Tuesday, May 31, 2011

Fr. Z: Abolish Communion in the hand

In conjunction with a lengthy treatment of the posture and manner of receiving Holy Communion in the Novus Ordo by H.E. Most Rev. Robert Morlino, Fr. Zuhlsdorf writes, with characteristic punctiliousness:
I think that people who are physically capable of doing so, should always kneel and receive Communion directly on the tongue. I think the permission for Communion in the hand should be abolished. In advance of it being abolished, people should be urged, taught, persuaded to receive on the tongue while kneeling. So there.


kukechu said...

Hmmmm. Why don't we go back to chaining the Bible to the altar so only "approved" priests can read it. It is full of such dangerous ideas, after all. Best to keep a tight leash on everything so the rif-raf will stay in their places, barefoot and on their knees.

Mike Walsh said...

I respect either choice, and I think it would be a mistake to mandate receiving on the tongue. I myself prefer to place the host in the hand --for "my flesh is real food," not medicine-- but you can defend the symbology of either method. The discussion usually overlooks the issue of contact with peoples’ tongues, which I find distasteful and unsanitary, and I do not see communion on the tongue as a certain guarantee against profanation. Now, as to posture, those who are so adamant against kneeling are not only wrong on the law. Physicality is very much a Catholic approach to prayer; it points to the Incarnation, and away from a perverse tendency toward abstraction. That said, proper provision should be made for kneeling to receive; there is some risk when people drop to their knees at the end of a queue in a tight liturgical space; consideration for other people should play a role in that decision. But in any case, reverence is always key, as is respect for the communicants.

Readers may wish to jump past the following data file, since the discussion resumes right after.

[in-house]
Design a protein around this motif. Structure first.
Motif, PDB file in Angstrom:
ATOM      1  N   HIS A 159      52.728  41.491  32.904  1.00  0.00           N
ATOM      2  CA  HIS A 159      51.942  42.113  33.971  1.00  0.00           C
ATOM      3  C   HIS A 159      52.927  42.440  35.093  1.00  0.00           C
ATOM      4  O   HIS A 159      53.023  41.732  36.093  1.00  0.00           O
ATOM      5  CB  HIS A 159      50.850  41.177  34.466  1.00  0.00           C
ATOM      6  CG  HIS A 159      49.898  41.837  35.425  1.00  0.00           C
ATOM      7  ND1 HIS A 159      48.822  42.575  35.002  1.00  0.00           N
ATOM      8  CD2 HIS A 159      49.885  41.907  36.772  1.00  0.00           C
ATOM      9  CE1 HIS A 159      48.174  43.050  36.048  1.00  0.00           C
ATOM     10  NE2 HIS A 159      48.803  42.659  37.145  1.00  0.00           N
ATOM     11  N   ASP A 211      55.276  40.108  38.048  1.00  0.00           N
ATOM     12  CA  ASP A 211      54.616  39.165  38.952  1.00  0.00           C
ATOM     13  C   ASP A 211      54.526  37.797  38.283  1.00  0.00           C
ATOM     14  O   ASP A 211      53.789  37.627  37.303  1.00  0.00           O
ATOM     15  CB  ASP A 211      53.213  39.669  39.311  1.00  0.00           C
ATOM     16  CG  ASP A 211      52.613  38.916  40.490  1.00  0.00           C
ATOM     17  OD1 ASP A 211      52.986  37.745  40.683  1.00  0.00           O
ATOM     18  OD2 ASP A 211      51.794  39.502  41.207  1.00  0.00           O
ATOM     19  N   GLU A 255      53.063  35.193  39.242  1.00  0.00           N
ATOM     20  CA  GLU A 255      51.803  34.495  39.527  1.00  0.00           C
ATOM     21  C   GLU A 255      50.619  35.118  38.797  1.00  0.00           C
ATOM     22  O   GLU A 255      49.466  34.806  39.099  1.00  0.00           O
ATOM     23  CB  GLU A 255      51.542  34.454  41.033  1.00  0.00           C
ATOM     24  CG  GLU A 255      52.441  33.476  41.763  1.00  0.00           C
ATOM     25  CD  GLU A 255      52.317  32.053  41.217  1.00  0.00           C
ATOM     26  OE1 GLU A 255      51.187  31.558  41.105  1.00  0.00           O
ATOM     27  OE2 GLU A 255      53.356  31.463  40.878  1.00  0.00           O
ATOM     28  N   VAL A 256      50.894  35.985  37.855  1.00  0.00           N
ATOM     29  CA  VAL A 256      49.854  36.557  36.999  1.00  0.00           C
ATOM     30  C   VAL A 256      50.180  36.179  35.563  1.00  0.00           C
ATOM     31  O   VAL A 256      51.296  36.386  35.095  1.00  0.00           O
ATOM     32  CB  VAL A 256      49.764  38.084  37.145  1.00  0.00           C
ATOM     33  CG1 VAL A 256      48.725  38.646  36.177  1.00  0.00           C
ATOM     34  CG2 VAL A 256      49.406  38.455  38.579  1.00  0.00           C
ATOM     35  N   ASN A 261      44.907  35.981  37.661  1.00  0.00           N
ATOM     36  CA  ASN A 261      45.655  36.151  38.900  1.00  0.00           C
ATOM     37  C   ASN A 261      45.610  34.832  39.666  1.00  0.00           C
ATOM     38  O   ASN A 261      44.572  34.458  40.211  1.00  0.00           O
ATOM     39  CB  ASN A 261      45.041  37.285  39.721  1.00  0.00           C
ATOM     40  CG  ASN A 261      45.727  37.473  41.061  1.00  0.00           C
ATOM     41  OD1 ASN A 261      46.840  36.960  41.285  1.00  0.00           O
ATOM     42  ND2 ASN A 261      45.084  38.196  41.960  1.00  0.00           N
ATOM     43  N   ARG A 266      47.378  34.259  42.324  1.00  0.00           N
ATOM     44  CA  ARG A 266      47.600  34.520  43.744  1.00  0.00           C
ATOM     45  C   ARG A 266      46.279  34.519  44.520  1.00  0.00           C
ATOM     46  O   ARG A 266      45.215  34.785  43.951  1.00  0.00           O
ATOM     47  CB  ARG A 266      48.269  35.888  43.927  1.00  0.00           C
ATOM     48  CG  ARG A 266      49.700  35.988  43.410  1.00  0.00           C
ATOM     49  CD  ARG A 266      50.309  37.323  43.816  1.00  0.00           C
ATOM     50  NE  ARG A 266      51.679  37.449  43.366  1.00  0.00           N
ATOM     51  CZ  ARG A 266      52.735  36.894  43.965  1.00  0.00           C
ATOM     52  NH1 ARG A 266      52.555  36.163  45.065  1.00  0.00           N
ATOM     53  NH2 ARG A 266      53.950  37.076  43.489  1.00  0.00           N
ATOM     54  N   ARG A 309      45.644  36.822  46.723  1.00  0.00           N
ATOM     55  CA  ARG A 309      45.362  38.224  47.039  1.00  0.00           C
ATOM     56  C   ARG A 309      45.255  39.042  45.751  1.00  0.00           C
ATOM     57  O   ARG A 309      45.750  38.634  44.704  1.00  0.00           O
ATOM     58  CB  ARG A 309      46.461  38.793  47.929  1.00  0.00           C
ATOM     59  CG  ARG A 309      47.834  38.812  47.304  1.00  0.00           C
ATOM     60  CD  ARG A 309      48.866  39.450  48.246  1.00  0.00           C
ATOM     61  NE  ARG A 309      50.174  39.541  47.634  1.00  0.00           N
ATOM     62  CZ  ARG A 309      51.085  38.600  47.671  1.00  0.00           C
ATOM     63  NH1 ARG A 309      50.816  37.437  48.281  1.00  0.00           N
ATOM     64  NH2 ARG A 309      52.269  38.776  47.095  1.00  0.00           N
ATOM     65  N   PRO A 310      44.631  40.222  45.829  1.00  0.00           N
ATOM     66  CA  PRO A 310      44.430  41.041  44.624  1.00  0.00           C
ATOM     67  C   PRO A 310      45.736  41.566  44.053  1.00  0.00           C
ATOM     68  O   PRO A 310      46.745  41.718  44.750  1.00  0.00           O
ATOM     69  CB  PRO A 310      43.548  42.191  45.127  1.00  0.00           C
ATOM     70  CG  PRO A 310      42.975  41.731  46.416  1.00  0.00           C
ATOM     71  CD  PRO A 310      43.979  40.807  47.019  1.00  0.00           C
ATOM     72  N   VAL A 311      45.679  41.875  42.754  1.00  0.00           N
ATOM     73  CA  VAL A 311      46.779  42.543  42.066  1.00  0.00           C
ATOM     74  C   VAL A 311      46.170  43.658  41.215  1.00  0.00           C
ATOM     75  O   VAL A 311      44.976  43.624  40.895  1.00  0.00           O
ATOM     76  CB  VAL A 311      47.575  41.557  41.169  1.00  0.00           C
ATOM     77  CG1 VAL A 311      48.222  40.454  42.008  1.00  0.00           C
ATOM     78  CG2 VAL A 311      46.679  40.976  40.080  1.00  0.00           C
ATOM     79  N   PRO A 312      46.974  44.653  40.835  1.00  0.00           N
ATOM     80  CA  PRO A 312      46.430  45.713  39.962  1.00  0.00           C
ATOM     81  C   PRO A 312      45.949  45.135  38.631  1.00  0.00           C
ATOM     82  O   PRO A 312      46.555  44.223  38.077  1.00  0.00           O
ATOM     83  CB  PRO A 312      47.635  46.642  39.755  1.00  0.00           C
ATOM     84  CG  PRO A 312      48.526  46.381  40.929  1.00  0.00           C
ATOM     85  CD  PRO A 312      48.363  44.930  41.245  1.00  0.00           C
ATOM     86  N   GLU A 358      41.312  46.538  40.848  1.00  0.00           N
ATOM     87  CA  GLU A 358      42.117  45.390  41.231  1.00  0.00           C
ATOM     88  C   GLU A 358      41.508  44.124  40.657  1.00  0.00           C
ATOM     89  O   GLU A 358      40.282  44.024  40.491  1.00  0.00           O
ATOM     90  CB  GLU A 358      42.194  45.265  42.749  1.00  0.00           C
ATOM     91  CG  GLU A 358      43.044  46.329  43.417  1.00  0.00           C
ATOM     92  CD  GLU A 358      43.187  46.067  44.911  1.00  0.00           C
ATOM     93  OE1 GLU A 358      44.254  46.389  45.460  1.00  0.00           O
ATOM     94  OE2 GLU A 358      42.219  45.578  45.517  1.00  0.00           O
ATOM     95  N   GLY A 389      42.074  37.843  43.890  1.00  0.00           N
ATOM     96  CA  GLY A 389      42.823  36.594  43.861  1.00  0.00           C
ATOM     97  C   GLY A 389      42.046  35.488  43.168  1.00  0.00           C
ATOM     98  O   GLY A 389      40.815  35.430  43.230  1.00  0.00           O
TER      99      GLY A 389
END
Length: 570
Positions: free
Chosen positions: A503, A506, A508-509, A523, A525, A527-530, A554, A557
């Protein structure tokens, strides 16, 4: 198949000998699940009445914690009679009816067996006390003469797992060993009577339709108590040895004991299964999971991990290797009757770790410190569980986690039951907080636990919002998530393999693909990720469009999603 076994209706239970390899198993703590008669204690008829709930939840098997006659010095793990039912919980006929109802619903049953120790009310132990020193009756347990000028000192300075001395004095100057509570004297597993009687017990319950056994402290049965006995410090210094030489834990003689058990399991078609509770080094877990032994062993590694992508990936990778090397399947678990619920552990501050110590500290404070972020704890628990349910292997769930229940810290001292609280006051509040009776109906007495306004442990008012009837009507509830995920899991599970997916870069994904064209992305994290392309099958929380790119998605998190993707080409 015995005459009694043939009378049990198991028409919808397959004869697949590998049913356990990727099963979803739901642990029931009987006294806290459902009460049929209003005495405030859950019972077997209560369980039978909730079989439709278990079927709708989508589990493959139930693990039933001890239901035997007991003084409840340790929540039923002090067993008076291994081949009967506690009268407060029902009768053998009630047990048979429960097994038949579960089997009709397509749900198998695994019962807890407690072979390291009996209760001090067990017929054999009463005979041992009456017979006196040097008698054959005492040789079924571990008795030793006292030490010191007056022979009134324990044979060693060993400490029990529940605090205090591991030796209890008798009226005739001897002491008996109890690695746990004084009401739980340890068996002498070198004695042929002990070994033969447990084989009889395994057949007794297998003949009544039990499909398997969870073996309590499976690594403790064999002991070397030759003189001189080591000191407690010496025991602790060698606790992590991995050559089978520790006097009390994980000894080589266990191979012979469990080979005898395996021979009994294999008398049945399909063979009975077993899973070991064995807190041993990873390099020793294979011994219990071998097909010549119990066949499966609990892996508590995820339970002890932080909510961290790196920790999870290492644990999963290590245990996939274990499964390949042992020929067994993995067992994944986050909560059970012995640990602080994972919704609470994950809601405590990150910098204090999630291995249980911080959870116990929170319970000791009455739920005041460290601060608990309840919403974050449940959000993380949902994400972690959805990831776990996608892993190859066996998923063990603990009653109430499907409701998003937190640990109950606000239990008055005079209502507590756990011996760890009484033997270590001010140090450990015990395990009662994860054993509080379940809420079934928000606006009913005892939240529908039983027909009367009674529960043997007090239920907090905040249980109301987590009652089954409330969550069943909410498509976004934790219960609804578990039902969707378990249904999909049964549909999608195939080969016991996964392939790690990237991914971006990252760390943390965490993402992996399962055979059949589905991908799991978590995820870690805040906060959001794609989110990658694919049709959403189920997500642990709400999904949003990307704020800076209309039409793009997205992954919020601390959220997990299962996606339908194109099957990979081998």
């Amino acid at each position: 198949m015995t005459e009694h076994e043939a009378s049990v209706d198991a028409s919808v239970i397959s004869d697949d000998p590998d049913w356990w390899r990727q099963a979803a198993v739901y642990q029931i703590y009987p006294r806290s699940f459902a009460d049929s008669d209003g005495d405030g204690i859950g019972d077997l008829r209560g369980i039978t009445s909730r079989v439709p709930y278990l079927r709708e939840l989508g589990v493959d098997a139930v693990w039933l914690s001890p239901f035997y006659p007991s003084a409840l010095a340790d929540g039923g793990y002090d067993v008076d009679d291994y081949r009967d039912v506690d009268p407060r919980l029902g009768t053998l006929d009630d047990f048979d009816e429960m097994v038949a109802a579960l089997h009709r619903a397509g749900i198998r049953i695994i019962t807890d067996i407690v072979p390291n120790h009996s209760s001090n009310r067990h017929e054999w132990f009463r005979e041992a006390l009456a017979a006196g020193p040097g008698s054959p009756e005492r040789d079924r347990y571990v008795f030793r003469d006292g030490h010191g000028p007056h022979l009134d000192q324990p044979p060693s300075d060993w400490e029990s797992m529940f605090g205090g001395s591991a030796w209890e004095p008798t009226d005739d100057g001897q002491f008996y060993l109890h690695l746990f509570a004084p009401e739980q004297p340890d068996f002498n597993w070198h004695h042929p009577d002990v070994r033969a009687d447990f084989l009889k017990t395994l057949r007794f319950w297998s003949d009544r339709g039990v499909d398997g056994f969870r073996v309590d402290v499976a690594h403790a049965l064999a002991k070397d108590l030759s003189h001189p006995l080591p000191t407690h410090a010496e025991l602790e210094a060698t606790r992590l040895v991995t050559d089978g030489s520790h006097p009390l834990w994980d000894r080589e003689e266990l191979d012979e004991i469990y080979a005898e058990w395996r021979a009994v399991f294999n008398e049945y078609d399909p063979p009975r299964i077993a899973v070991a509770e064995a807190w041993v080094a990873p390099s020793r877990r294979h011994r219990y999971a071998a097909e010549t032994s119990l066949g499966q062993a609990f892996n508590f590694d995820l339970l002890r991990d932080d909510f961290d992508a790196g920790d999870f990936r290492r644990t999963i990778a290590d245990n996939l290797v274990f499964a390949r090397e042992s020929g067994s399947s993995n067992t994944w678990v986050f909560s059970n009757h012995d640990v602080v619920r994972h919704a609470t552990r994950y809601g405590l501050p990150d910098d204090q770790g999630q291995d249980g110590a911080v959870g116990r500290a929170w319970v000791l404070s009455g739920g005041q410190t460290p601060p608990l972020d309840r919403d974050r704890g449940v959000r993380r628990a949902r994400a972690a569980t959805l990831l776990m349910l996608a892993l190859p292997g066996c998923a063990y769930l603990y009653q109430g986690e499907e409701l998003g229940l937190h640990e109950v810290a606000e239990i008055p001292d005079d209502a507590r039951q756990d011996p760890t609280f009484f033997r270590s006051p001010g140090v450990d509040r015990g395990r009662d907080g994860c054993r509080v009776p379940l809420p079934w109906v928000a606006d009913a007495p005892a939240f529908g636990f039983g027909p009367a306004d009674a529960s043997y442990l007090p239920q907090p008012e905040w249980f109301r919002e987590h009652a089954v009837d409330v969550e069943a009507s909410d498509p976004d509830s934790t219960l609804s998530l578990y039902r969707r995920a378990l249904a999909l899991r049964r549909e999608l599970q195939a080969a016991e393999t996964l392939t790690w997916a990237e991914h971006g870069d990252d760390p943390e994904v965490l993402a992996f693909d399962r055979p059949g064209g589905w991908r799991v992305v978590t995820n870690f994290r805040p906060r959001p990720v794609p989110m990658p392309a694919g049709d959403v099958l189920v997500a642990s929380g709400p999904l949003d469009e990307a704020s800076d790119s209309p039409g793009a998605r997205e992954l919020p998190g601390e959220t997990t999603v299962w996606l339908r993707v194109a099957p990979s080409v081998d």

Pertinacious Papist said...


Bible's were not chained to altars to keep the laity biblically illiterate. They were chained to altars because hand-copied Bibles took a year or more to produce, cost a fortune, and couldn't be bought at Barnes and Noble for $20. You seem to be operating within the Protestant-Secular textbook tradition (not to mention Mel Brooks typology) that says the Church is the enemy of liberal education (including biblical literacy).

But the Church INVENTED liberal education (cf. the trivium and quadrivium), based on classical sources; founded the great European universities, and created numerous vernacular translations of Scripture well before the Protestant Reformation. There were, as I recall, 24 translations of the entire Bible in German alone, well before Luther completed his.

If there is a good reason for preferring kneeling to standing as a mode of receiving Holy Communion, Fr. Z is probably one to know it. Have you checked whether he has? Do you even care? Just askin' ...

Pertinacious Papist said...

Sorry: "Bibles," not "Bible's."

ABC said...

Mike Walsh

How can you respect either choice?